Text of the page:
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Giving Comfort: Palliative / Supportive Care Best Practices

OHC, Blogs, For Physicians, Services, 0 comments
July 8, 2013

 
Bechhold Rebecca MD - NEW PHOTO Blog Inset

Co-author Rebecca Bechhold, MD, practices medical oncology, hematology and palliative care at OHC’s Anderson and Blue Ash offices.

OHC believes all patients deserve the best quality of life that we, as physicians, can help them achieve. Discussing a plan of care with patients at the beginning of treatment, particularly for a chronic disease, is key to showing them that their personal goals are a priority. An effective plan should include steps that can be taken to alleviate pain, nausea and other stressful symptoms patients may face during their journey.

These efforts to assist patients in symptom management arise from the palliative care model. However, because many connote palliative care with end-of-life care, we prefer the name “Supportive Care” since we believe all patients, whether they are being treated for a curative disease, chronic disease or end-of-life disease should be screened and assisted with proper symptom management. Serving the needs of the whole patient, not just the particular disease is key.

Below are steps for effective symptom management, which may assist a primary care or specialty care physician in caring for the whole patient. These are considered best practices by OHC and our board-certified experts in palliative / supportive and hospice care:

  • To treat pain, work with one drug only. It is easier to dose and titrate single agents such as oxycodone and morphine. Avoid combination drugs, such as those with acetaminophen.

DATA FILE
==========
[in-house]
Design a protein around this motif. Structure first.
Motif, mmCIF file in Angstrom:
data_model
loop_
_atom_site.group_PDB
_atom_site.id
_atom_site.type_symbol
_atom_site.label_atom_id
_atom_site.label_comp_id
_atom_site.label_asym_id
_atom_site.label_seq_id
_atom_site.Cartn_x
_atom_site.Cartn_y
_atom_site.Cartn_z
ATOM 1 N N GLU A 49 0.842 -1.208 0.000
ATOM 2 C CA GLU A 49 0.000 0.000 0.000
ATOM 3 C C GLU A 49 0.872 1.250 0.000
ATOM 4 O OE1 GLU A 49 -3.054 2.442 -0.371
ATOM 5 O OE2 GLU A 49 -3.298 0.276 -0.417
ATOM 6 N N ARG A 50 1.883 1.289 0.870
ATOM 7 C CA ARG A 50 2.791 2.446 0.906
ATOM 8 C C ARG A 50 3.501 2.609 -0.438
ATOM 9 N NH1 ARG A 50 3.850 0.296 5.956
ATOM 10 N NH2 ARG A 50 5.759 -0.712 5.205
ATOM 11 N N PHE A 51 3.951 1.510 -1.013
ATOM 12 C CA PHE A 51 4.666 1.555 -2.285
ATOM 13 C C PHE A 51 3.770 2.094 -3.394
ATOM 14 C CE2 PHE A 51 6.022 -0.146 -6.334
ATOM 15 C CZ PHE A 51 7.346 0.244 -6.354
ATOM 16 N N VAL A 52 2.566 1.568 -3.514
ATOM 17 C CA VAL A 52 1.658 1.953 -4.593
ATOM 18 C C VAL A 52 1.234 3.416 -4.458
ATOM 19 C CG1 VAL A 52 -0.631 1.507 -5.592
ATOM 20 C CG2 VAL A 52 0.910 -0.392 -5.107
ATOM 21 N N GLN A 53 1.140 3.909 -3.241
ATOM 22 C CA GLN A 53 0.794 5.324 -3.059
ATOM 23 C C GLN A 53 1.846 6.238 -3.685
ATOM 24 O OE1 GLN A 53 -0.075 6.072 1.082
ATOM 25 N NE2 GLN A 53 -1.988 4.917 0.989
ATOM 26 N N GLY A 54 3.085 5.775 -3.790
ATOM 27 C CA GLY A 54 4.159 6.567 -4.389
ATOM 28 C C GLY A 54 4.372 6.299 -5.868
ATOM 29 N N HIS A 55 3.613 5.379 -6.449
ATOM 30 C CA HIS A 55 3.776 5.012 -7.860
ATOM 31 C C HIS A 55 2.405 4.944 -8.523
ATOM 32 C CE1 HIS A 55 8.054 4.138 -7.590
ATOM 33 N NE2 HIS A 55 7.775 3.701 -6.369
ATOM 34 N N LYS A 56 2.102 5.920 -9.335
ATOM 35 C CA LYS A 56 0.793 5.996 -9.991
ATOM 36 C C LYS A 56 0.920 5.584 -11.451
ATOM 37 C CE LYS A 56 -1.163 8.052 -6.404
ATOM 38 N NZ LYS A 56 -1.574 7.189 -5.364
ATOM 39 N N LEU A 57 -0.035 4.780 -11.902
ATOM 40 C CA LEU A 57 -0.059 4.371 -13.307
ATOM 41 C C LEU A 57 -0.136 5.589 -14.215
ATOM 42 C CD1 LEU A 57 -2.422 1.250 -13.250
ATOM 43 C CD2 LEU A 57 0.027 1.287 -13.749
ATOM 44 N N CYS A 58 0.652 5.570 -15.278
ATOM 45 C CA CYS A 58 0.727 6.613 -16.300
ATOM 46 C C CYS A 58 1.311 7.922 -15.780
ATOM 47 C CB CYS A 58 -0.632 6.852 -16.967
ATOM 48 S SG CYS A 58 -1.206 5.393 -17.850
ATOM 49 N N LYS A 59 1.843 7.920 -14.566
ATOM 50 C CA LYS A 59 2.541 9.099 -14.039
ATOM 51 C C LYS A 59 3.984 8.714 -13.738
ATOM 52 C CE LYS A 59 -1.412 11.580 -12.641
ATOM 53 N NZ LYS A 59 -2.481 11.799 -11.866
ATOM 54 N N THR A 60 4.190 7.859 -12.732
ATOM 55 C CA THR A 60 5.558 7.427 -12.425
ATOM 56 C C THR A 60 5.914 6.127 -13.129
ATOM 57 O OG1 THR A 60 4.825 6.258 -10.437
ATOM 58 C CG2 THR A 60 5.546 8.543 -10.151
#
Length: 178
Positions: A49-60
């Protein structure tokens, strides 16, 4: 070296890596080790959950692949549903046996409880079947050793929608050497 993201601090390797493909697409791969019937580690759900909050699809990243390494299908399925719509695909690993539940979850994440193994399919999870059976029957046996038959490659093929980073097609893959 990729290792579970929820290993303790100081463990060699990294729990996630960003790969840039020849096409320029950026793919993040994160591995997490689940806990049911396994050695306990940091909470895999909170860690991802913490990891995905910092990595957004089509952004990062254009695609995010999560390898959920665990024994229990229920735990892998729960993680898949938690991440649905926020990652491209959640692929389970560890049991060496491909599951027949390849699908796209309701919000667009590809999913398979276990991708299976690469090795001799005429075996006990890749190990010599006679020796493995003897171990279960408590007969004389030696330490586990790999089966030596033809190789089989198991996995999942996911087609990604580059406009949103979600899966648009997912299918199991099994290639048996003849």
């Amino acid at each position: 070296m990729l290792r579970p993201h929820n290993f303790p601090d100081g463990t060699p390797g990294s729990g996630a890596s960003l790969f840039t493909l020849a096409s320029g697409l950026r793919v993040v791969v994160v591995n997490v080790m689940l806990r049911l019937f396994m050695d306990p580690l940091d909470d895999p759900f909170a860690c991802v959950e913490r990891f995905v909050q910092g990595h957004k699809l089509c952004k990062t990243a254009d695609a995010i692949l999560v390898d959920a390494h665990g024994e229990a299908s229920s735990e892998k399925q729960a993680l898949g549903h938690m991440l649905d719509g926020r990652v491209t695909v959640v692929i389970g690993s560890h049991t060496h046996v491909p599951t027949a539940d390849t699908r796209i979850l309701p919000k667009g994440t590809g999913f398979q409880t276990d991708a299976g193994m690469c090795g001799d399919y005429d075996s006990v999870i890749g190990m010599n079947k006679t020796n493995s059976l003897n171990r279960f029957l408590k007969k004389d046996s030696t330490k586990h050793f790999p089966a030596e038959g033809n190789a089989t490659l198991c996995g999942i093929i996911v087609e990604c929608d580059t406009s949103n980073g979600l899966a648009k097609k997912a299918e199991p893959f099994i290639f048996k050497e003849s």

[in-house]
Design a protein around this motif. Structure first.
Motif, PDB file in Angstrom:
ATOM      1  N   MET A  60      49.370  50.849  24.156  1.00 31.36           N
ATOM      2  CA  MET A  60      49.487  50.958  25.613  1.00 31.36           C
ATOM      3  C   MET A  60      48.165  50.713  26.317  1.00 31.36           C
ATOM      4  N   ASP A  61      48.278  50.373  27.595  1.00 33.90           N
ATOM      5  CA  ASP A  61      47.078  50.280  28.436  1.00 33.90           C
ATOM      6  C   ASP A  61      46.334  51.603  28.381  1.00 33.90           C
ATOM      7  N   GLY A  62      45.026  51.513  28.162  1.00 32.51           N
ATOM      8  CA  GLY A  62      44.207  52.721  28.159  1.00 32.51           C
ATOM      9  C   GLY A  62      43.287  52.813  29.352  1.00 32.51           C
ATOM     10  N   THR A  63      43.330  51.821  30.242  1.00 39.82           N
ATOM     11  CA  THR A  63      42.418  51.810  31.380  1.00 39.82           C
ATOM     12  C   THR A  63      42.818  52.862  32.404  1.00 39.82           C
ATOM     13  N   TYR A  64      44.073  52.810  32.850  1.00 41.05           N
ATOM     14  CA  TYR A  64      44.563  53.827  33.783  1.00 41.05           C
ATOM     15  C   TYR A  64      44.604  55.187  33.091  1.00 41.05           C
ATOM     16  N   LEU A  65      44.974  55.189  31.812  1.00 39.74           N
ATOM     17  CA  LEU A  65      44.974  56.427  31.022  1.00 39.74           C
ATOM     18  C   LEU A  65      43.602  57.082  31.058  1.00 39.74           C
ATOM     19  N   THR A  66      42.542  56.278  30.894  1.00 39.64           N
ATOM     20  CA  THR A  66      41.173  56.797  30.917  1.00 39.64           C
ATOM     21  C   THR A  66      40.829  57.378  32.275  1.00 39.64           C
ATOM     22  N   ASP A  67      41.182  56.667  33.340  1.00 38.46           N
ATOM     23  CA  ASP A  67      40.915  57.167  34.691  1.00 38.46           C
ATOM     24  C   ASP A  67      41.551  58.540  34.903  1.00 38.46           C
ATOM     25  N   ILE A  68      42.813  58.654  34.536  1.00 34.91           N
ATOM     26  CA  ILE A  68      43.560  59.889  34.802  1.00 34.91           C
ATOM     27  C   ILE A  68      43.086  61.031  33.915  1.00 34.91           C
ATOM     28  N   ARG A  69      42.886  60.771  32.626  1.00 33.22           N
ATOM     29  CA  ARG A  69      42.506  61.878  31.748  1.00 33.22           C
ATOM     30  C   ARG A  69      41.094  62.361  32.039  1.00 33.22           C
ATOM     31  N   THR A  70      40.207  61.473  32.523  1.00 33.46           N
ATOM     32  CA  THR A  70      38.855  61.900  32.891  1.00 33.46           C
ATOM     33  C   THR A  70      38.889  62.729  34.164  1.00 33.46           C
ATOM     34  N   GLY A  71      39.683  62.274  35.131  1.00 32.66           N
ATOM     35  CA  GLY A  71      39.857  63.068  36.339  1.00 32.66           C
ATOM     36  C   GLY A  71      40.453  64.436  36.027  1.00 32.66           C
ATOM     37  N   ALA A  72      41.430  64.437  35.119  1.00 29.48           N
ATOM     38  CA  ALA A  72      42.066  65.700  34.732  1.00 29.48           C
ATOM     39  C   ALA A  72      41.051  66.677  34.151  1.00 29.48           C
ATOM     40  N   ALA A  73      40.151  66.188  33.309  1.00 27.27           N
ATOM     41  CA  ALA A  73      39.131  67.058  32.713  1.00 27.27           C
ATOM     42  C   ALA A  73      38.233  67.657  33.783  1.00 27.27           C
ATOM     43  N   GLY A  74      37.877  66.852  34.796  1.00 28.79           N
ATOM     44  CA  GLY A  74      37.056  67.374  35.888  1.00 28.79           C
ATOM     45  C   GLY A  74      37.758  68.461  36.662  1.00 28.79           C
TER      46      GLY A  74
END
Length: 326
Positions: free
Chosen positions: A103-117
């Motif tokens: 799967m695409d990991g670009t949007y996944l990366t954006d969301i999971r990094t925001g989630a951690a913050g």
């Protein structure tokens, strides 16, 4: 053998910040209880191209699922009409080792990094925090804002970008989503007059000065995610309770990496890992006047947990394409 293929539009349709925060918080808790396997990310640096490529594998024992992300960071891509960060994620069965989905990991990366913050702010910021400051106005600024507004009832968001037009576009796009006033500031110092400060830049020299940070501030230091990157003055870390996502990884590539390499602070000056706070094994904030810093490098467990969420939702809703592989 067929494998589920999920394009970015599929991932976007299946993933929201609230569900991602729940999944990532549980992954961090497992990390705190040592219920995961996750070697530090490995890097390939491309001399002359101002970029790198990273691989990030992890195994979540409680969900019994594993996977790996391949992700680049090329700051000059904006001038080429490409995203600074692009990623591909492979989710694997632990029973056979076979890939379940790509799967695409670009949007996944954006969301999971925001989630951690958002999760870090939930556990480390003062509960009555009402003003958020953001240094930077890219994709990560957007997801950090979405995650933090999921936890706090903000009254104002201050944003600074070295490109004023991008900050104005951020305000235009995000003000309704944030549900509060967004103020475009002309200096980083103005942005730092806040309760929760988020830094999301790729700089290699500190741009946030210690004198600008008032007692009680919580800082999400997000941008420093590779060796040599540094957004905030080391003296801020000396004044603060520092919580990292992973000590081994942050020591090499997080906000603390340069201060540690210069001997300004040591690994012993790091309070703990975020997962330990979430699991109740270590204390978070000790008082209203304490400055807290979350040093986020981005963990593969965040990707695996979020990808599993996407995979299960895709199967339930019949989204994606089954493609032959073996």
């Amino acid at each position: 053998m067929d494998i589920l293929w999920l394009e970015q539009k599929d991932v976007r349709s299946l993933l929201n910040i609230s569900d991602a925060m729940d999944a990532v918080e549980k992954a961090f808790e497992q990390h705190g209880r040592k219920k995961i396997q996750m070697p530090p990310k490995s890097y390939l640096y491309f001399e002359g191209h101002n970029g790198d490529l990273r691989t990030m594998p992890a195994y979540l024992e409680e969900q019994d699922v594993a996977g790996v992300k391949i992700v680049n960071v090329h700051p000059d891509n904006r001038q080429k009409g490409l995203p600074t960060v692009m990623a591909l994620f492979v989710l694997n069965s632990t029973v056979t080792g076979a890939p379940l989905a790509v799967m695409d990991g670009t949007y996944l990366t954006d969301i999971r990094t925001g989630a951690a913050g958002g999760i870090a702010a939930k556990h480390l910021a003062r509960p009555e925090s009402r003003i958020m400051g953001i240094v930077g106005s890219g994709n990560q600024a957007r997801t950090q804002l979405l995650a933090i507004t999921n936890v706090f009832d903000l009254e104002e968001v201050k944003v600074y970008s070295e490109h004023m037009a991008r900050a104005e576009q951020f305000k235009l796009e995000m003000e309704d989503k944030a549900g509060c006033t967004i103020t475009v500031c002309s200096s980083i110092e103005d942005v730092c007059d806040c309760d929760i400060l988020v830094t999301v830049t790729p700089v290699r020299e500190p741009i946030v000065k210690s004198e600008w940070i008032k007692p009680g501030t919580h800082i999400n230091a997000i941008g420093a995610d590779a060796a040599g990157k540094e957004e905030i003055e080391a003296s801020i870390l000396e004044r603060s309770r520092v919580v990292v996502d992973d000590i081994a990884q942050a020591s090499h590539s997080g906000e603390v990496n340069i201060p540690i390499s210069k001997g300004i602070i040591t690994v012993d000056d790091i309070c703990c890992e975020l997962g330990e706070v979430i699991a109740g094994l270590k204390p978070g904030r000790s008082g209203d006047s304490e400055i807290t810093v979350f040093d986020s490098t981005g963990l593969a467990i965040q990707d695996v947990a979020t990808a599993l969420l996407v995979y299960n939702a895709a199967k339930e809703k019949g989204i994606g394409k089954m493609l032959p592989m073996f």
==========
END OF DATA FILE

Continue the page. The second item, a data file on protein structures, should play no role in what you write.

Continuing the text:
• When long-acting drugs are prescribed, plan for supplemental doses to help patients cope with breakthrough pain.
  • Haldol is the preferred treatment for nausea, but note that Haldol cannot be used to treat those diagnosed with Parkinson’s disease.
  • Lorazepam is a good adjunct to narcotics for pain.
  • Always use aggressive laxatives with narcotics to assure the patient’s comfort.
    Dr. Prasad Kudalkar co-authored this article with Dr. Rebecca Bechhold.

    Co-author Prasad Kudalkar, MD, practices medical oncology and hematology, neuro-oncology and palliative care at OHC’s West Chester and Wilmington offices.

  • Know what you’re treating. Conditions such as urinary retention can cause agitation that may masquerade as pain.
  • Understand narcotic neurotoxicity. Patients with hallucinations or myoclonic jerking can be switched to another narcotic, which should alleviate symptoms.
  • If you’re chasing pain with higher narcotic doses without seeing relief, your patient may not be absorbing the drug properly. Consider changing the route of administration. Begin at a much lower dose and titrate upward to achieve relief.

OHC’s Supportive Care experts are available to discuss symptom relief and end-of-life care so patients can enjoy each day with greater comfort, freedom and dignity. We have seen many patients live more comfortably by opting to limit chemotherapy and embrace palliative care for continuing symptoms. As physicians, we need to put patients first and support their right to choose the best care. Our job is to provide the information and support patients’ needs to make confident decisions.

 
 

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